MultiThreaded Timer callbacks / handlers after being stopped / disposed:
The callbacks / handlers of multithreaded timers [System.Timers.Timer and System.Threading.Timer] might get executed after them being disposed. This is because they both use ThreadPool timers and it is possible that they are disposed after their callbacks / handlers get queued. Similar logic applies when we stop a thread after its callback is already in ThreadPool Queue.

Following is the display when a timer callback is queued after elapsing the interval.

Now when the timer is stopped / disposed then this callback would still execute by a ThreadPool thread. This might be unexpected for any application. Now let us discuss how we can work around this.

System.Threading.Timer has this amazing overload of Dispose [Dispose(WaitHandle)]. You can find it here []. It waits disposing until all currently queued callbacks have completed execution. After disposing, it signals the WaitHandle passed as argument.

Simultaneous Execution of multiple callback / handlers for multithreaded timers:
Since multithreaded timers use ThreadPool thread, their handlers / callbacks are queued for execution as per the interval settings. It is possible that ThreadPool thread has more than one handlers for same timer in the queue and they are executed simultaneously. This situation should be specially considered as this might lead to an unexpected situation if we don't consider the possibility of re-entrance.

Single Threaded Timer outside Environment:
If we use a single threaded timer in an environment they are not supposed to be used [DispatcherTimer outside WPF or Windows.Forms.Timer outside Winform] then their timers wouldn't be raised. You can be happy with calling Start on the timer but their event handlers wouldn't ever get executed. You might test that by using Winform timer in a WPF application or any of these timers in a Windows Service. This actually makes sense as they use their respective Dispatcher and if one is not available then how can we expect one to work.

Updating Timer Interval:
Since most of these timers (except System.Threading.Timer) has an Interval property, we might want to change it sometime. It must be remembered that updating the interval property during the time when the timer is still running restarts the current interval. So e.g. Interval was set as 5000, the timer is running and 3000 milliseconds are already passed. Now we change the interval to 15000 milliseconds. It must be remembered that the next callback execution would be after 15000 milliseconds after this update. So in total the callback execution after previous one is after 18000 milliseconds.

Single Thread Timer events when UI thread is sleeping:
When UI thread is sleeping then single thread timer events are not generated. So if our UI thread is sleeping for 2 seconds and we have timer interval set as 400 ms then we would miss 5 events. We should be taken this into consideration when using single threaded timers. This is very unlikely scenario because no developer would be causing UI thread to sleep. But if you see missed events then you can consider this possibility.

Timers and Memory Leak:
Keeping external references would not let an object to be garbage collected. This causes memory leak. When we subscribe with Tick / Elapsed event, it seems that it is an internal reference so it shouldn't be causing a memory leak. But it mostly does. I said mostly because it does it for all single and multithreaded timers except System.Threading.Timer.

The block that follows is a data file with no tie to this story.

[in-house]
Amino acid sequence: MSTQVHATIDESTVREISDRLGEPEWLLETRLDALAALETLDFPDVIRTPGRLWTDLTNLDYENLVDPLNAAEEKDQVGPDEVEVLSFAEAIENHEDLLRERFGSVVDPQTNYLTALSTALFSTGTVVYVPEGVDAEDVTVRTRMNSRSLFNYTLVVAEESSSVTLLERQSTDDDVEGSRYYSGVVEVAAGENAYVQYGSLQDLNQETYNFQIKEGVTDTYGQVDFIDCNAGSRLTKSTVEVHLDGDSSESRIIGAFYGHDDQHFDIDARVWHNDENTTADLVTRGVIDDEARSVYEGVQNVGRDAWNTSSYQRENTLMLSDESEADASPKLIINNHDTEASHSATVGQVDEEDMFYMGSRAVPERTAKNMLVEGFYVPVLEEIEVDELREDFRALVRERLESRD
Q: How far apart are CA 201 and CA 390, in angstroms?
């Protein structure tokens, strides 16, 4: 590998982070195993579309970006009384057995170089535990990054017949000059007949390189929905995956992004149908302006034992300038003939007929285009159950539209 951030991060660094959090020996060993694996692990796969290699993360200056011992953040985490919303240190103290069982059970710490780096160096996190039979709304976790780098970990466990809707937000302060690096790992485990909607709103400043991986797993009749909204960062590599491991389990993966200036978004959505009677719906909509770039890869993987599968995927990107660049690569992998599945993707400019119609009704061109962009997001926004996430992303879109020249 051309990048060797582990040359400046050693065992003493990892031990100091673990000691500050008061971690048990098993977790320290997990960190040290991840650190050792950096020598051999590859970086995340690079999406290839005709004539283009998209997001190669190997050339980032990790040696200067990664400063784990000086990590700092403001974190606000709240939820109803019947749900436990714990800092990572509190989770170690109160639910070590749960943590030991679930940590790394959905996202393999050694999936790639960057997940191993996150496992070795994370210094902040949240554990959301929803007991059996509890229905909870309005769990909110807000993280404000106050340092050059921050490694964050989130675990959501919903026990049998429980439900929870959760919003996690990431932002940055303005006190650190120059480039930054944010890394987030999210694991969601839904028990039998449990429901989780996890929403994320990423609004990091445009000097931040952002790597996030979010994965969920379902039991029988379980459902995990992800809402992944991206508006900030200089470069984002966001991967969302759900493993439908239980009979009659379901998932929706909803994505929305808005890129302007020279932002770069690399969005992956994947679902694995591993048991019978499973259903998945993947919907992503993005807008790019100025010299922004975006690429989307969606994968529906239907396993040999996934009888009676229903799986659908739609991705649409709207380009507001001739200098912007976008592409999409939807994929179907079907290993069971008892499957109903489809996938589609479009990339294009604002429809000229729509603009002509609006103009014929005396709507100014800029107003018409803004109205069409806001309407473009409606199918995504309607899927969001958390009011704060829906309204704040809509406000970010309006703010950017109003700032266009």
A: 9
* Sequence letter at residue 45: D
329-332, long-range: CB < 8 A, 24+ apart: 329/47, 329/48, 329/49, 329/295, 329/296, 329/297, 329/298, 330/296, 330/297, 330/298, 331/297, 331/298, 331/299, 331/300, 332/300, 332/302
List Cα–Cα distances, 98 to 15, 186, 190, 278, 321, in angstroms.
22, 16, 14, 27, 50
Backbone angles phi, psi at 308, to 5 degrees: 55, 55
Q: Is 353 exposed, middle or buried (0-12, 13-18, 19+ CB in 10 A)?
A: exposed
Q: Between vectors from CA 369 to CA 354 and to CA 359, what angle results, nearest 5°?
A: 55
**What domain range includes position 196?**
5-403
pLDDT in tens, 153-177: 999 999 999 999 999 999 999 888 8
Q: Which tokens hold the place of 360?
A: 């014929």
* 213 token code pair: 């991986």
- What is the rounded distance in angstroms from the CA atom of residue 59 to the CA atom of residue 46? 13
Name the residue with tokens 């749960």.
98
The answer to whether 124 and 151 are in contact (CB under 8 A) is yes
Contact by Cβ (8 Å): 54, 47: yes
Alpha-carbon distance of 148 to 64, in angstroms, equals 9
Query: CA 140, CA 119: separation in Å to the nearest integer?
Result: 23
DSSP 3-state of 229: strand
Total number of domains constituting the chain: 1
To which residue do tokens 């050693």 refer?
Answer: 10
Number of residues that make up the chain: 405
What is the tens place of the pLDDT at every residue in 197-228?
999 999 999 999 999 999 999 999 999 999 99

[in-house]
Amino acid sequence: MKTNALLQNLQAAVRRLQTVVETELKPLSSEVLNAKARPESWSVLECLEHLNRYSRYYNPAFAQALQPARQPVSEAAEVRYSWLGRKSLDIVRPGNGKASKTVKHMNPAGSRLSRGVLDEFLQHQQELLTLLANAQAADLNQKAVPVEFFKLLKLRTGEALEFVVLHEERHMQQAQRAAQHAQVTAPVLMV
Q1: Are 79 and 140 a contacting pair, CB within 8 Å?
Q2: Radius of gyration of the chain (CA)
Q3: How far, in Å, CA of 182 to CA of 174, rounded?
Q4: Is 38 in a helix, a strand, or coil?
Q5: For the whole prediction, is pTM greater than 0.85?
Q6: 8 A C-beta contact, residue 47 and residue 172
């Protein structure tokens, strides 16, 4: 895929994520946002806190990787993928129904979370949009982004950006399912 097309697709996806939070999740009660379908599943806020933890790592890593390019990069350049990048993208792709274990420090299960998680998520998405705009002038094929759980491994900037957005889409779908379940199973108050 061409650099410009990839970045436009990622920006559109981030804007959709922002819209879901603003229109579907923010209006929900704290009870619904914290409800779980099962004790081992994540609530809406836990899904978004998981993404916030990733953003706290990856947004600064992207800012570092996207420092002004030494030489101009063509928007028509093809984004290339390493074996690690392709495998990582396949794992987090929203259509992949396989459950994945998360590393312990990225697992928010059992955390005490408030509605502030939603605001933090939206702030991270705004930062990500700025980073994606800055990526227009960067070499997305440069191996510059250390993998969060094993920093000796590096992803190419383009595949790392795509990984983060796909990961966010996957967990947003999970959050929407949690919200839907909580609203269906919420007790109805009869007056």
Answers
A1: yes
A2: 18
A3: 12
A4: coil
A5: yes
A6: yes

Basically, there is an external reference in the background. In order to fire the event for timer (Tick / Elapsed), .net framework holds the reference of the timer. This makes GC think that this object should not be collected when it is come across during Garbage Collection.

In order to fix this, we should be using the same universal remedy as we use for all event handlers. Just unsubscribe the timer event in Dispose(). As soon as the event handler is unsubscribed, the framework gets rid of timer reference hence no memory leak. The other solution would be to Dispose() the timer (as timers implement IDiposable themselves).

In the beginning of the memory leak discussion, I told you that MOST of the timers could cause a memory leak. The exception is System.Threading.Timer. As you can guess, there is no event that we subscribe to, in this case. We just need to provide a callback delegate which is run by the runtime after each Interval.

Other Timers:
There are other times too. Let us discuss them briefly:

1. System.Web.UI.Timer
This is used to perform web page postbacks at required intervals. When used as a trigger event for UpdatePanel in AJAX, this causes partial page postbacks of webpage. This is a server timer so you can have server based code in the Tick event. This presents a useful option for implementing financial applications to provide a mechanism to update the page based on certain interval. We can also use it in gaming / sports based web applications where we need to update the scorecards at regular intervals.

2. Multimedia Timer
Multimedia timers have accuracy down to 1 millisecond. This can prove to be the best real time timer that you could have. The issue is that this timer is not available in .net framework so you would have to use native interop for this timer.

You can read further about this timer here:

Which Timer to use
Based on the above discussion, the general idea that you should keep in your mind can be summarized as follows:

1. If more accuracy is needed for the timing of firing the event, then use one of the Timers which do not use UI thread (System.Timers.Timer or System.Threading.Timer).

2. If you need to access elements on UI (like UI controls), it makes more sense to use UI related timers instead (DispatcherTimer or Forms.Timer). Otherwise you need to use Dispatcher to invoke operations on elements on UI thread.

3. If you are worried about re-entrancy of multiple callbacks handlers(simultaneous execution of multiple callbacks). Or if you don't want to handle the scenarios in which timer might be disposed / stopped before executing all waiting callbacks, it would make more sense to use single threaded timers.